I actually did some research work this week (I know, crazy). And part of that involved going through a paper. The main thing that jumped out at me as I read it, was that you need to be really careful when you start writing about what can be concluded from your research. It becomes so easy to sort of extrapolate from what you have, so you that your research sounds more exciting/promising/useful/important/worthwhile than it is (or that can be accurately concluded). I’m going to give a long example, but I don’t know how to explain it otherwise.
In this case, the research I was reading had a bunch of participants view and rank a group of things (let’s call them cereals – for absolutely no reason but that I just looked up and saw a cereal box). And since we’re using cereals, lets imagine that the participants are a group of kids who want their cereal full of sugar. There was the baseline cereal A (probably something like oatmeal in this example – you know, the boring piece that no one should like and everything should do better than). Then there was the “typical” existing cereal B (something like Fruit Loops or Lucky Charms or Count Chocula, but not an exact copy so that while it mimics existing, it’s not immediately recognizable as to what it’s copying). And then there was the real piece they were testing, a new cereal that has more sugar than ever seen before C.
In the end, the researcher has a bunch of data. And of course they decided to do a bunch of analysis on this data. They did the overall analysis and found that overall participants preferred C more than B or A and B more than A. So yay, our new cereal C wins. But, the researchers were interested in how different groups within this set ranked the cereal. They decided to look at gender and they found that both females had the same ranking (C more than B or A and B more than A) but that males actually didn’t have a significant difference between C and B.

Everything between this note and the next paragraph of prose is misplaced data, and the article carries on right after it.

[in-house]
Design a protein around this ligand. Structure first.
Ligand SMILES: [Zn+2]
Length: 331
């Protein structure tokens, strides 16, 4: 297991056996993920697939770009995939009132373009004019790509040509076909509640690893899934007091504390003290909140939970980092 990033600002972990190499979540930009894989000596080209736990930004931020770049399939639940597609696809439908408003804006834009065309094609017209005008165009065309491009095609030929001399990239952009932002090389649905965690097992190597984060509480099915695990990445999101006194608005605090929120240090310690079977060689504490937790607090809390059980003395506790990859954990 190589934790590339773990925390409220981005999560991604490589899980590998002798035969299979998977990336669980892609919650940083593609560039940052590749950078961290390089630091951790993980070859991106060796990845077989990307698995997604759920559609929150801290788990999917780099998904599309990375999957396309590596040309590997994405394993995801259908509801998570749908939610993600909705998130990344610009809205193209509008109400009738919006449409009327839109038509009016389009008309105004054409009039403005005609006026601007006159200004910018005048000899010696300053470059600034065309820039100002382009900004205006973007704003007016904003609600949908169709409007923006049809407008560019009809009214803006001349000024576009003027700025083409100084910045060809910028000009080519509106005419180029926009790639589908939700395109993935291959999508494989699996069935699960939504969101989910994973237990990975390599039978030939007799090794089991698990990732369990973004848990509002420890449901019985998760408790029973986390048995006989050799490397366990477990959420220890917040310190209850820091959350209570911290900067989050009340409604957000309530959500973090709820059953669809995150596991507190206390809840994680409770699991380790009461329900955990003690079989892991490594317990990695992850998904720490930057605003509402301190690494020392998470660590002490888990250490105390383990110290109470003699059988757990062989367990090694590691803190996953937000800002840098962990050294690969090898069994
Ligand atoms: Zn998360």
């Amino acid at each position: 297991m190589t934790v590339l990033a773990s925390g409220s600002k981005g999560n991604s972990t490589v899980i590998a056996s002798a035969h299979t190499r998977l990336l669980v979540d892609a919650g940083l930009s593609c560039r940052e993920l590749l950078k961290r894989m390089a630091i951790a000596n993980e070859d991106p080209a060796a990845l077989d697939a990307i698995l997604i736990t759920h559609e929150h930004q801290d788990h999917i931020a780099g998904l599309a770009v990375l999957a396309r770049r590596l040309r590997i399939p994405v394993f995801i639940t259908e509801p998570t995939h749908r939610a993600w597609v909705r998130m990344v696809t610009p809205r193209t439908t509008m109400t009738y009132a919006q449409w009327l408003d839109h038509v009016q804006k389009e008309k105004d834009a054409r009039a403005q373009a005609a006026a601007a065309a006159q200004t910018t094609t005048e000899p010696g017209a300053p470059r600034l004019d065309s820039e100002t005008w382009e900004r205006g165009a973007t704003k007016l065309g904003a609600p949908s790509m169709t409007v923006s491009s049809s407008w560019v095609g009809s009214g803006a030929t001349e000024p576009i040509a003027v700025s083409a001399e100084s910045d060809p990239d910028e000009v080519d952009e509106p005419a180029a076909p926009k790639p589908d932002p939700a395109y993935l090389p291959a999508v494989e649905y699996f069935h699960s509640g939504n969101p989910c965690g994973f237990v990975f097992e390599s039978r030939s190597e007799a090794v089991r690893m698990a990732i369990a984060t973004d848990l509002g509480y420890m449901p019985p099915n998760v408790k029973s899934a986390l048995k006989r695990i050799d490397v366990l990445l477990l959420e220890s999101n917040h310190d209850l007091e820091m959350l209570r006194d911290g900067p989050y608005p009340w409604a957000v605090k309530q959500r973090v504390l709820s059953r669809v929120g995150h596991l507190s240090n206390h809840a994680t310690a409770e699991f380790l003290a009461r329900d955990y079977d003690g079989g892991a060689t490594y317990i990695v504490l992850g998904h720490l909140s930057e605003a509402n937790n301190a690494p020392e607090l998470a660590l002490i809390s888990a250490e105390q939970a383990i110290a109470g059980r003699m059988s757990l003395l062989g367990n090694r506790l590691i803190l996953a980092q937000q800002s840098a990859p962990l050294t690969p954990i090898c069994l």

Then they decided to go one step further, because from their data they could tell which people usually ate sugary cereal and which didn’t. When they looked into males and compared those who normally ate sugary cereal with those that didn’t, they didn’t find any difference. Both groups didn’t have a significant difference between liking C and B. But, when they compared females, they found something. Females who normally ate sugary cereal had more preference for C than those who didn’t. Since males were more likely (in this example) to eat sugary cereal than females, but that the number of females has been increasing and slowly catching up to males, the researchers made the following conclusion. “As more females start to eat sugary cereal they are going to demand more cereal like C than B.” As I read this line, I have to admit my hackles went. WHAT?! Nothing in their experiment led any credence to this answer.
First, no one in the experiment knew that C doesn’t actually exist in the market place. If you don’t know something is missing, how do you go about “demanding” it? Second, just because people rank something in one order, does not mean that people aren’t happy/satisfied with something that doesn’t rank #1. We see this all the time – I’d prefer my cereal tastes like fruit loops but had nutritional content like plain shredded wheat, but I’m happy/satisfied with eating Shreddies as a compromise. And third, don’t get me started on using the word “demand.” Demand has such a terrible connotation when used in conjunction with females, so why would you use it in what is suppose to be an impartial analysis of data comparing genders?
This paper made more conclusions, that essentially implied that the cereal market was highly gendered – and cereal could only be made for one gender at a time. And so, since females actually want the most sugar, you should add more if you’re targeting primarily females, but if you only care about males then don’t. This is another odd conclusion, since most companies actually want to target as much of both gender as they can (it doubles their market). So the “correct” conclusion/suggestion would be that if your cereal has primarily appealed to males in the past, adding some more sugar could make it more appealing to both males and females (remember, males didn’t dislike C, they just didn’t have a difference of opinion between it and B).
Anyway, that’s my rant for now. I’m not sure how clear that example was. Hopefully it makes sense.